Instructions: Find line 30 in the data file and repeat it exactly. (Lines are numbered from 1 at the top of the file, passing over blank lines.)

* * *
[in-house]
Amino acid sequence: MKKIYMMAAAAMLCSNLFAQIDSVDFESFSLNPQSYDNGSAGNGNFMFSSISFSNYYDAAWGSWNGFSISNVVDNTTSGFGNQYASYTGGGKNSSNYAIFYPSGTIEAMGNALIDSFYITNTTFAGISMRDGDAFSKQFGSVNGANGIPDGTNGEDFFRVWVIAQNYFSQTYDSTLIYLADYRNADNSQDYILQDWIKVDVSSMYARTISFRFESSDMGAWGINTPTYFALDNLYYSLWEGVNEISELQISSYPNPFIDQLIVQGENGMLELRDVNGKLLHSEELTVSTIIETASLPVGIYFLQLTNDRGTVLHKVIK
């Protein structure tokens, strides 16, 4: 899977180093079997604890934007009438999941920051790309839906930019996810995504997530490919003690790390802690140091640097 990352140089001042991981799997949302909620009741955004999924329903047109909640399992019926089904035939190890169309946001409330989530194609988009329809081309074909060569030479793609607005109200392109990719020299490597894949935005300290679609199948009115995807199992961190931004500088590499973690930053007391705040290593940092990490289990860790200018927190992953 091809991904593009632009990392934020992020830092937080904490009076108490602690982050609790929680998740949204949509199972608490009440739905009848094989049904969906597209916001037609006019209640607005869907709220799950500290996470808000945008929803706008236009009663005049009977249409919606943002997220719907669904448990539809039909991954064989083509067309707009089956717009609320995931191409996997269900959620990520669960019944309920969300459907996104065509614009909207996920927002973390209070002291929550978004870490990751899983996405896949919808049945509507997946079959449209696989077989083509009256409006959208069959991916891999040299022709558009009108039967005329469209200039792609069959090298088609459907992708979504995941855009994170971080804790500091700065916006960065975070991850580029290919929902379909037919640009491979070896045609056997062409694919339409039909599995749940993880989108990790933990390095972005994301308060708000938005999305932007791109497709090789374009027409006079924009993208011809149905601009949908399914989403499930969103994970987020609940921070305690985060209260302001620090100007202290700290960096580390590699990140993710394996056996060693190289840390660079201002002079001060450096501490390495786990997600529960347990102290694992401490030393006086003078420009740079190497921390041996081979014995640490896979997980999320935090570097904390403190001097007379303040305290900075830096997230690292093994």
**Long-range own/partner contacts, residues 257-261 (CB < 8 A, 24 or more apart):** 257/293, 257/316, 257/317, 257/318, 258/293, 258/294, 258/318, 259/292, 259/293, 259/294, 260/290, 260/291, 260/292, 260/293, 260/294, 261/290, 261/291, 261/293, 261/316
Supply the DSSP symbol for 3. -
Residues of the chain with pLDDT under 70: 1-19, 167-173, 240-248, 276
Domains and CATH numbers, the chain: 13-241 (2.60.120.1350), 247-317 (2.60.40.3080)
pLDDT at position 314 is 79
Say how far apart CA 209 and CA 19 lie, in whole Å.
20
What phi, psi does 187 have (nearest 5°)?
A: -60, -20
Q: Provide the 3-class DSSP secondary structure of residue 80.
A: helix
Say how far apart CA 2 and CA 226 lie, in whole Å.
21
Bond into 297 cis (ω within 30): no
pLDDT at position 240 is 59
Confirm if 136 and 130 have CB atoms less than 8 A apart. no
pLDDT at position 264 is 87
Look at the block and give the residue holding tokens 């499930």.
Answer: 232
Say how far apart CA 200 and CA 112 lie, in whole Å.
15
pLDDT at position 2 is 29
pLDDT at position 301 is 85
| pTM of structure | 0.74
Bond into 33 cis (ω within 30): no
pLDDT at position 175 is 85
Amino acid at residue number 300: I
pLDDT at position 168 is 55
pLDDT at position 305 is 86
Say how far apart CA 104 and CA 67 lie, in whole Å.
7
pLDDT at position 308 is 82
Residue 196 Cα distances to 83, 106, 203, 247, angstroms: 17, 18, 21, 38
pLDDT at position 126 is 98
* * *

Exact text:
Amino acid at residue number 300: I